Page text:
• Cooperatively developed personalized treatment programs that attend to the multiple needs of a client, not only in regard to their substance abuse, but also regarding associated medical, psychological, social, vocational, and legal problems.
  • Cooperatively developed personalized treatment programs that take gender an age into account, attending to differences in biological, environmental factors, social contexts, and expectations, along with the consequent diverse manifestations of substance abuse across these populations.
  • Expert matching of treatment settings, interventions, and services to an individual’s particular problems and needs.
  • Professional and highly experienced therapists and clinicians skilled at establishing positive therapeutic relationships with clients from all walks of life.
  • Therapists trained to conduct treatment sessions in a manner that promotes the patient’s self-esteem, dignity, and self-worth.
  • A variety of evidence-based approaches to treating addiction predicated on the Matrix Model, including Cognitive Behavioral Therapy, Rational Emotive Behavioral Therapy, and Multi-Dimensional Family Therapy.
  • Cutting-edge contingency management (CM) principles and incentive-based interventions, which involve giving clients tangible rewards to reinforce positive behaviors such as abstinence – in real-time – based on a client’s verbal cues, demeanor, actions, and overall treatment progress.
  • Group therapy techniques based on vetted behavioral therapies that capitalize on the social reinforcement offered by peer discussion while providing a context in which to practice newly learned behaviors and strategies.
  • Safe, comfortable, abuse-free, and deluxe atmosphere designed to promote recovery and abstinence.
  • Family Behavioral Therapy aimed at addressing, not only substance use problems, but other co-occurring issues as well – such as conduct disorders, physical and emotional abuse syndromes, depression, anxiety, familial conflict, and unemployment.
  • AT ABTRS we seek and welcome family and friends to play critical roles in motivating clients to enter and stay in treatment thereby strengthening and extending the long-term benefits of our programs.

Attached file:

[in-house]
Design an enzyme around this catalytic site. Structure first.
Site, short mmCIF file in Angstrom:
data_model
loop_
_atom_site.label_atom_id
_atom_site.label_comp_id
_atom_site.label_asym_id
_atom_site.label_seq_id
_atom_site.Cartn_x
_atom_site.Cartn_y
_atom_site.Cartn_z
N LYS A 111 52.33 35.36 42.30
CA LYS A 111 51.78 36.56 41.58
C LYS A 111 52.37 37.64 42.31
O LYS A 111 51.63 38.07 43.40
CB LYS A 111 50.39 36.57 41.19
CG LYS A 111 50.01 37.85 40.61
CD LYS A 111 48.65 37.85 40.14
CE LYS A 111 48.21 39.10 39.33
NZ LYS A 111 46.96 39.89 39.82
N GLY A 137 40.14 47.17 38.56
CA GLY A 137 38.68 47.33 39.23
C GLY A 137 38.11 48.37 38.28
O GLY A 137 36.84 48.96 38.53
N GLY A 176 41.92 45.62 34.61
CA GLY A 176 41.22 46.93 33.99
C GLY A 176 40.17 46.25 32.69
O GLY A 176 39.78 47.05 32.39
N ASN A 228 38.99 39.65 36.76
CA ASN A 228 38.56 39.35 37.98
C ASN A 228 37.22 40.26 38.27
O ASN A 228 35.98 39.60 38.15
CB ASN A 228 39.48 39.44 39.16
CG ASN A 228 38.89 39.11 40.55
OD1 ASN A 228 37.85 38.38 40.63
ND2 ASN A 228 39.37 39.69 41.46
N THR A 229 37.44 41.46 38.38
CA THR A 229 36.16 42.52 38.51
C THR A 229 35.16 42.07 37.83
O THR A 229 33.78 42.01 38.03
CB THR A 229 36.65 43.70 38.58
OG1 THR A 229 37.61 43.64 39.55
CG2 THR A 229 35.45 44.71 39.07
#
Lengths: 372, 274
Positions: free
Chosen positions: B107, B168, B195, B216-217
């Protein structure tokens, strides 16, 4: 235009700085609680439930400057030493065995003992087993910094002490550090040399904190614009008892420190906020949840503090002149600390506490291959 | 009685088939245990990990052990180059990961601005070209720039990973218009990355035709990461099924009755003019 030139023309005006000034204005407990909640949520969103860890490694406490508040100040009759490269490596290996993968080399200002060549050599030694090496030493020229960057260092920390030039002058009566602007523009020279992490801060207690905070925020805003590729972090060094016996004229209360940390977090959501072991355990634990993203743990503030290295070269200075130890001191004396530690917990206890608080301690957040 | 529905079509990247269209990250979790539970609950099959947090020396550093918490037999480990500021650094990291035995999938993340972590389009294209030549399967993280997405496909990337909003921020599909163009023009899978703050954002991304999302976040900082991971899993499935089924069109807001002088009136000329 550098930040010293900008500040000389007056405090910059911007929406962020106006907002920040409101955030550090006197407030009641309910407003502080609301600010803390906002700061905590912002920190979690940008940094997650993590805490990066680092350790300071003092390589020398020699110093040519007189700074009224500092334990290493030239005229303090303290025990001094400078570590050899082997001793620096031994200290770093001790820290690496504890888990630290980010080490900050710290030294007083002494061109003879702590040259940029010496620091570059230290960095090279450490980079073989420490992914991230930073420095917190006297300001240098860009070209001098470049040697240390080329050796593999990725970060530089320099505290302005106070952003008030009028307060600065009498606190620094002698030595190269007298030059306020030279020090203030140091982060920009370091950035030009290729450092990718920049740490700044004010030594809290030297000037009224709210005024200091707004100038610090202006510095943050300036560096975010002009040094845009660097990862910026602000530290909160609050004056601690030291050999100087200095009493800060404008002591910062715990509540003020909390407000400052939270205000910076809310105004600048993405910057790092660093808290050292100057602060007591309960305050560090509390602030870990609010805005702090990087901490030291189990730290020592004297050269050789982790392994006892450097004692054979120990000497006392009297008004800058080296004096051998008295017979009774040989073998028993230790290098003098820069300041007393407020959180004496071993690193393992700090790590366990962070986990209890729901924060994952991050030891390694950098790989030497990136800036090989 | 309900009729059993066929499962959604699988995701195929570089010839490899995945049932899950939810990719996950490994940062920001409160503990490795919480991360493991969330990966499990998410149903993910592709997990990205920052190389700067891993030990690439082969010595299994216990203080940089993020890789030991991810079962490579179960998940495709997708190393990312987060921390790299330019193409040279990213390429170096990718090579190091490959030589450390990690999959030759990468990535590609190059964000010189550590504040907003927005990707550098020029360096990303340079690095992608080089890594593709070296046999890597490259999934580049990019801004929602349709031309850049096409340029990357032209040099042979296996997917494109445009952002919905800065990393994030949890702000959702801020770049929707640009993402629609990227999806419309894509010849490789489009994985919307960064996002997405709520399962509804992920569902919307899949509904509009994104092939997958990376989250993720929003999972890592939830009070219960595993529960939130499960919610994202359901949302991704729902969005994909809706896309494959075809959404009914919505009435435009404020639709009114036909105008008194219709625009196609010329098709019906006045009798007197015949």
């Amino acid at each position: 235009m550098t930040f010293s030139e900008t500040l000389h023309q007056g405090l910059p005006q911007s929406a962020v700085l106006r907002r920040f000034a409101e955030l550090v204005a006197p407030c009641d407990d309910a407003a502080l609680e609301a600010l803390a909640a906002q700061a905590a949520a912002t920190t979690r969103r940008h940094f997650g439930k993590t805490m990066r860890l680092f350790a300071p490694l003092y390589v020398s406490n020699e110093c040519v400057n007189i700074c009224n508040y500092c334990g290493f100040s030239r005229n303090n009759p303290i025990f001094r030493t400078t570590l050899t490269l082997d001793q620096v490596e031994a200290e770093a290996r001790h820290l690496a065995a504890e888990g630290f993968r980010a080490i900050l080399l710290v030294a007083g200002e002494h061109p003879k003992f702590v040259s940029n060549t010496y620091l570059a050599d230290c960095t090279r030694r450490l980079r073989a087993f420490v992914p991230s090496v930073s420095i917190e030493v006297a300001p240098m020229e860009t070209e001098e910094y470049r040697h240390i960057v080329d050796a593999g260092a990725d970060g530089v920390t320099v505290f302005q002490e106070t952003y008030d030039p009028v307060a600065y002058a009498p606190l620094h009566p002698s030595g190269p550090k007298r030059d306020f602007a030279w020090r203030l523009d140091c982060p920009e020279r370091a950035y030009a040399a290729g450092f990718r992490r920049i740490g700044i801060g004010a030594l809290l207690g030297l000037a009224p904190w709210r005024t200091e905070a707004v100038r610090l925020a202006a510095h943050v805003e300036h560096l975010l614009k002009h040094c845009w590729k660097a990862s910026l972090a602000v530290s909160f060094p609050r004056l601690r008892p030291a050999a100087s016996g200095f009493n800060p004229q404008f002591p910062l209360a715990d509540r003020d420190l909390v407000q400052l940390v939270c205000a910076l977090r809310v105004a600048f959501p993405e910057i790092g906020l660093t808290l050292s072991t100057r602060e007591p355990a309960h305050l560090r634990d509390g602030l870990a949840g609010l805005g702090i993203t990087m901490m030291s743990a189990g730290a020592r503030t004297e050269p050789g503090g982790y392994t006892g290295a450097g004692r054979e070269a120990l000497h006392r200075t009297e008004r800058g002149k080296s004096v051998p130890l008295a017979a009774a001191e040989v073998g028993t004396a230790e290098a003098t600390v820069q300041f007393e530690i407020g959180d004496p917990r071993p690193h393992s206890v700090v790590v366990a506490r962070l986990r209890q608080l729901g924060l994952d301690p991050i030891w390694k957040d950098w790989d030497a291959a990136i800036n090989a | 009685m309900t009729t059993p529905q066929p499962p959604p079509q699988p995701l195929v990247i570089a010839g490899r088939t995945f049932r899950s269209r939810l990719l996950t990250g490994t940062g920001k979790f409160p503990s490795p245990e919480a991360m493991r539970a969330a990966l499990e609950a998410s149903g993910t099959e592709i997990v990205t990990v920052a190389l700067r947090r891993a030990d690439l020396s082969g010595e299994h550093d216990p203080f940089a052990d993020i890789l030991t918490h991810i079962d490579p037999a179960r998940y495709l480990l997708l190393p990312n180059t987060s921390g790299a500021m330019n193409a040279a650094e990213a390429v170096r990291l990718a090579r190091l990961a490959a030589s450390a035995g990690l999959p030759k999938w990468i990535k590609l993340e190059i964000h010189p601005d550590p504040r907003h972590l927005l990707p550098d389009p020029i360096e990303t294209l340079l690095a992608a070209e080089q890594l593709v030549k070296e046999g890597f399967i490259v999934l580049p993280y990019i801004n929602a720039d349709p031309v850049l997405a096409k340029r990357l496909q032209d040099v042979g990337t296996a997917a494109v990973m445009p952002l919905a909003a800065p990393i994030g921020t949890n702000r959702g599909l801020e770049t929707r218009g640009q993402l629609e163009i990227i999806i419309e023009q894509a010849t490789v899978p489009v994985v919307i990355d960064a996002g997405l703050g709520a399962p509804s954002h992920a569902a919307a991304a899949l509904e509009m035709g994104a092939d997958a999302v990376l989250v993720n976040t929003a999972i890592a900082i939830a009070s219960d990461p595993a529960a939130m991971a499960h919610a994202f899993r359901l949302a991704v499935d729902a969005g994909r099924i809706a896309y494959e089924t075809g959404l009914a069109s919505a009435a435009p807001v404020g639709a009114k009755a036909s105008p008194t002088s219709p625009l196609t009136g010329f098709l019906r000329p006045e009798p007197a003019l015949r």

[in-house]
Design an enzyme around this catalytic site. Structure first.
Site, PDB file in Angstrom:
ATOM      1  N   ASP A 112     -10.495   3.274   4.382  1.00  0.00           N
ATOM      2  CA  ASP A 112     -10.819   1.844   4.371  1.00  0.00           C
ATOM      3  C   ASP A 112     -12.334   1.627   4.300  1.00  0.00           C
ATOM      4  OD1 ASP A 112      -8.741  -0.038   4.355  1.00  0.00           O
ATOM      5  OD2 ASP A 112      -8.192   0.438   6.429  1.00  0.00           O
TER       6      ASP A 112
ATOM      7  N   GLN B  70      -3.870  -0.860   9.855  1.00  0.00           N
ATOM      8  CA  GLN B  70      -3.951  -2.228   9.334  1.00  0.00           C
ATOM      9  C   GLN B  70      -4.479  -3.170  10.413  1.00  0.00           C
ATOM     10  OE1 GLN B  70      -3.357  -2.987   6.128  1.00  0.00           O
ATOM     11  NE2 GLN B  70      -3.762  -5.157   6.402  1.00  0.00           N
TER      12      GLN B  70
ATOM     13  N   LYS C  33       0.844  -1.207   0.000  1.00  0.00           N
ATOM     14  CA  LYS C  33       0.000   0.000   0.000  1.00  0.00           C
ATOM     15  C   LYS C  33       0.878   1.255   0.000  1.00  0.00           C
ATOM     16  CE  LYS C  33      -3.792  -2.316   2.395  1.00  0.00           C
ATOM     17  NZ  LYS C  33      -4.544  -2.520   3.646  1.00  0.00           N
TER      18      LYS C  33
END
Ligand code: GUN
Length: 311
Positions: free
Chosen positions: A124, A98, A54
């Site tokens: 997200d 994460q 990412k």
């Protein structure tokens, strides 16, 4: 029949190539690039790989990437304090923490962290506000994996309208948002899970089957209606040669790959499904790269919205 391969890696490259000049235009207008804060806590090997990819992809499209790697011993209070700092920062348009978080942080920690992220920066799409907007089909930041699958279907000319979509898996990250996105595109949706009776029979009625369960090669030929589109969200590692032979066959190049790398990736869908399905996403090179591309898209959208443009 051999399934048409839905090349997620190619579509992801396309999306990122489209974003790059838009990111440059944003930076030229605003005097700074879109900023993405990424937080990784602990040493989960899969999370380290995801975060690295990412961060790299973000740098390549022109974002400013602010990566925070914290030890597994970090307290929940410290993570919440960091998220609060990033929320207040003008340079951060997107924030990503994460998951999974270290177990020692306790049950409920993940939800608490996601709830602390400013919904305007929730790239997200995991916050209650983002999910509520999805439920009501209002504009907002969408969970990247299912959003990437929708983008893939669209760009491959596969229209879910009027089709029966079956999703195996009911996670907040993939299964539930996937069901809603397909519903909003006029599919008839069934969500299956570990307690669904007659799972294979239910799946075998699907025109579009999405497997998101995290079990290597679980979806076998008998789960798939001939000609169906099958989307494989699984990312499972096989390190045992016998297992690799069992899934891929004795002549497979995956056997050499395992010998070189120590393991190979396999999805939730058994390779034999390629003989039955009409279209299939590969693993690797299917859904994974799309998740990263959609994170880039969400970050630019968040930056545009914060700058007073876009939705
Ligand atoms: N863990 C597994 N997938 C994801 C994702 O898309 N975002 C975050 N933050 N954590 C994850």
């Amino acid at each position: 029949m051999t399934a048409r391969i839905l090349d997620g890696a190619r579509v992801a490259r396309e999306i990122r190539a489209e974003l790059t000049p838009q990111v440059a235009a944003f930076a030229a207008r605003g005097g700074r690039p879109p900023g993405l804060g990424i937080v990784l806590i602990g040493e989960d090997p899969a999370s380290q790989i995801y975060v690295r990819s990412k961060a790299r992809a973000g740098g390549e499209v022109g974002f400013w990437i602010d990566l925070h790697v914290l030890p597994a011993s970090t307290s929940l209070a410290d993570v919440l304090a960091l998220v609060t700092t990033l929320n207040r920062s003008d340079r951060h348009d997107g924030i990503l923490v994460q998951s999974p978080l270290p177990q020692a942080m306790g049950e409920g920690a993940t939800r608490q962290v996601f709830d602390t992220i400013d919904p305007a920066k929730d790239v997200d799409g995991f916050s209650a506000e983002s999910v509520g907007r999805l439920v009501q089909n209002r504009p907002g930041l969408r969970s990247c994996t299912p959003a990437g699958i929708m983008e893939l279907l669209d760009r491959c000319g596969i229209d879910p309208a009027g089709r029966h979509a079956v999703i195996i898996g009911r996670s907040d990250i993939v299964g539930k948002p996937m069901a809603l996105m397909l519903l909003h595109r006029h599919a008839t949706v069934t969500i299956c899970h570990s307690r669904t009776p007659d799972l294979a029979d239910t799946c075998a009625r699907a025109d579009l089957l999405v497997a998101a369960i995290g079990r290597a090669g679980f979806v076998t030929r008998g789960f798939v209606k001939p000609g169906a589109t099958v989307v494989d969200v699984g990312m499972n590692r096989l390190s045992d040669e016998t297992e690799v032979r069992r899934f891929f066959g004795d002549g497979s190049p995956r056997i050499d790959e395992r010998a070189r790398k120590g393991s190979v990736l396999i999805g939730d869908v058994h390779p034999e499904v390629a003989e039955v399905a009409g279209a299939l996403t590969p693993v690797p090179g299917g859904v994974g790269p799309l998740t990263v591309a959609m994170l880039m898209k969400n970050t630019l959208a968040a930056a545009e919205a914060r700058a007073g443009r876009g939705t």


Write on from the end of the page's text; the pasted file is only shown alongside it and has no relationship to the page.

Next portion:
• Smart Recovery and 12-step facilitation therapies designed to get clients actively affiliated with the self-help community and comfortable with a variety of types and styles of meetings. Self-help groups complement and extend the effects of professional treatment and can be particularly helpful post-treatment, offering an added layer of community-level social support to help people achieve and maintain abstinence and other healthy lifestyle behaviors over the course of a lifetime.
  • Gym time and exercise – now scientifically known to be associated with successful long-term recovery – are directly integrated into every treatment program at ABTRS.
  • Options for music therapy, art therapy, equine therapy and more, which help clients to find the methods of treatment that best work for them.
  • First-rate aftercare plans and strategies developed cooperatively with our industry-leading professionals that holistically address areas of impaired functioning—such as employment status, living situations, legal issues, and family/social relations.
  • Proven relapse prevention techniques along with trigger identification/avoidance strategies.
  • A dynamic and well-funded Alumni and Peer-Support Program designed to boost the post-treatment efficacy of ABTRS programs. ABTRS Alumni activities include weekly self-help meetings, community breakfasts, sober softball, karaoke nights, multiple hiking / camping / canoeing trips per year, and monthly BBQs. All of this is organized via an active (albeit hidden) Facebook group page with over 300 members and counting. ABTRS Alumni post daily regarding their thoughts for the day, their sober and bellybutton birthdays, opportunities to give back to the recovery community, their struggles, achievements, breakthroughs, and more.
  • Evidence-based assessment and measurement of treatment efficacy both in real-time and post-treatment.

Saving Lives, Healing Families

By caring, by being fully committed to providing the best quality of care, and by extensively equipping our clients with skills and knowledge derived from the most cutting-edge and effective evidence-based treatment modalities. Our services utilize state-of-the-art: medications, clinical therapies, scientific resources, addiction treatment knowledge bases, evidence-based techniques, and cooperative treatment plan/ aftercare strategies to ensure the best chances at attaining a fulfilling and sustaining long-term recovery from addiction for our clients. As a company, we are great at what we do, and our caring and experienced professionals are standing by, ready to help you. Retake control of your life.

[1] All evidence, statistics, theories, and scientific claims made below can be found in: National Institute of Drug Abuse / National Institute of Health. Principles of Drug Addiction Treatment – A Research-Based Guide, Third Edition; unless otherwise noted.

[2] Gossop, M. and L. Green, et al. 1989. “Lapse, Relapse, and Survival Among Opiate Addicts After Treatment.” The British Journal of Psychiatry, 154: 348-352.  Dennis, Michael and Mark Foss, et al. 2007. “An 8-Year Perspective on the Relationship Between the Duration of Abstinence and Other Aspects of Recovery.” Evaluation Review, Vol 31:6, Dec., 585-612.